AMERICAN GERMANDER
File Size: 85 KB
 
Teucrium canadense  L.
Konza Prairie, Riley County, Kansas
Perennial
Height: 1-4 feet
Family: Lamiaceae - Mint Family
Flowering Period:   June, July, August, September
Also Called: Wood sage.
Stems: Erect, 4-sided, simple or sparingly branched, soft-hairy.
Leaves: Opposite, short-stalked, lanceolate to ovate, 1.5 to 6 inches long, .5 to 2.5 inches wide, lightly hairy or nearly glabrous above, densely whitish gray pubescent below; margins irregularly toothed; tips pointed.
Inflorescences: Spikes, 3 to 12 inches long, terminal, numerous 2-6-flowered, whorl-like clusters.
Flowers: Calyces 2-lipped, upper lip 3-toothed, lower lip 2-toothed, often purplish, variously hairy; corollas 2-lipped, 1/2 to 3/4 inch long, rose, pink, or lavender with darker spots, upper lip cleft, lobes erect, lower lip prominent, 3-lobed; stamens 4.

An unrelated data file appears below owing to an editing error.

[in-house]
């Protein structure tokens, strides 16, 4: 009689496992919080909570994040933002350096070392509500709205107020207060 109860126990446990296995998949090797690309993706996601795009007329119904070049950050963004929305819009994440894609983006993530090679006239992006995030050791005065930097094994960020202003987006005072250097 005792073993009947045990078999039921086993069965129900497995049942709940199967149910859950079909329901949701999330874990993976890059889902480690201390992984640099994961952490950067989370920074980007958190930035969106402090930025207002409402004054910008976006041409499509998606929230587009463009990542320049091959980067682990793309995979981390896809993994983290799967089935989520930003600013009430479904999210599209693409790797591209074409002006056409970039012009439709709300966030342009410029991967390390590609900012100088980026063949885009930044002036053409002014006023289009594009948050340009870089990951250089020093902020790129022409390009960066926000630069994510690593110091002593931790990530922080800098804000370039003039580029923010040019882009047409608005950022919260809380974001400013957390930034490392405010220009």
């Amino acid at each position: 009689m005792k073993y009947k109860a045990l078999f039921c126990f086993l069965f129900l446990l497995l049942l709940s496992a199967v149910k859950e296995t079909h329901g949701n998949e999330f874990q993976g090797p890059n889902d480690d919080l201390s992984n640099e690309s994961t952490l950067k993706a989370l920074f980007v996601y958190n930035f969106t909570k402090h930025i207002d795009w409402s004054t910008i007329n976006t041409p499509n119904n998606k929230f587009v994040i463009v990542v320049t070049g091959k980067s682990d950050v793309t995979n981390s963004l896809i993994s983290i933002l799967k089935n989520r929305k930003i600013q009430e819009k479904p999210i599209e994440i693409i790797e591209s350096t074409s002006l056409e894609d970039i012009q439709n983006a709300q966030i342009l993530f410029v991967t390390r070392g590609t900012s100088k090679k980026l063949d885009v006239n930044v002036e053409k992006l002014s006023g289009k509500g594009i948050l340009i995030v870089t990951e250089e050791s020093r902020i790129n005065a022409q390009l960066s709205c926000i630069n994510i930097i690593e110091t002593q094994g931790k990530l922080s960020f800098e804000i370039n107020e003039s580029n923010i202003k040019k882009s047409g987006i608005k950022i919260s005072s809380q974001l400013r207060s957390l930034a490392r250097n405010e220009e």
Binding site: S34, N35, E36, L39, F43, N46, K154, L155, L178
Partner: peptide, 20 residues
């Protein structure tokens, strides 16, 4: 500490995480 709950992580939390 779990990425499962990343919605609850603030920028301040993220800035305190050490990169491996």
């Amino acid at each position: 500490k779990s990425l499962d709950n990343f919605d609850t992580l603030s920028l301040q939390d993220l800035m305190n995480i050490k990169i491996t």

Fruits: Nutlets, 4, egg-shaped, glabrous, wrinkled, pale brown, 1-seeded.
Habitat: Open or shaded moist sites, thickets, ditches, low areas in pastures, and stream banks.
Distribution: Principally east 2/3 of Kansas.
Forage Value: Prairie chickens will eat the nutlets.
Comments: American germander forms colonies by rhizomes.

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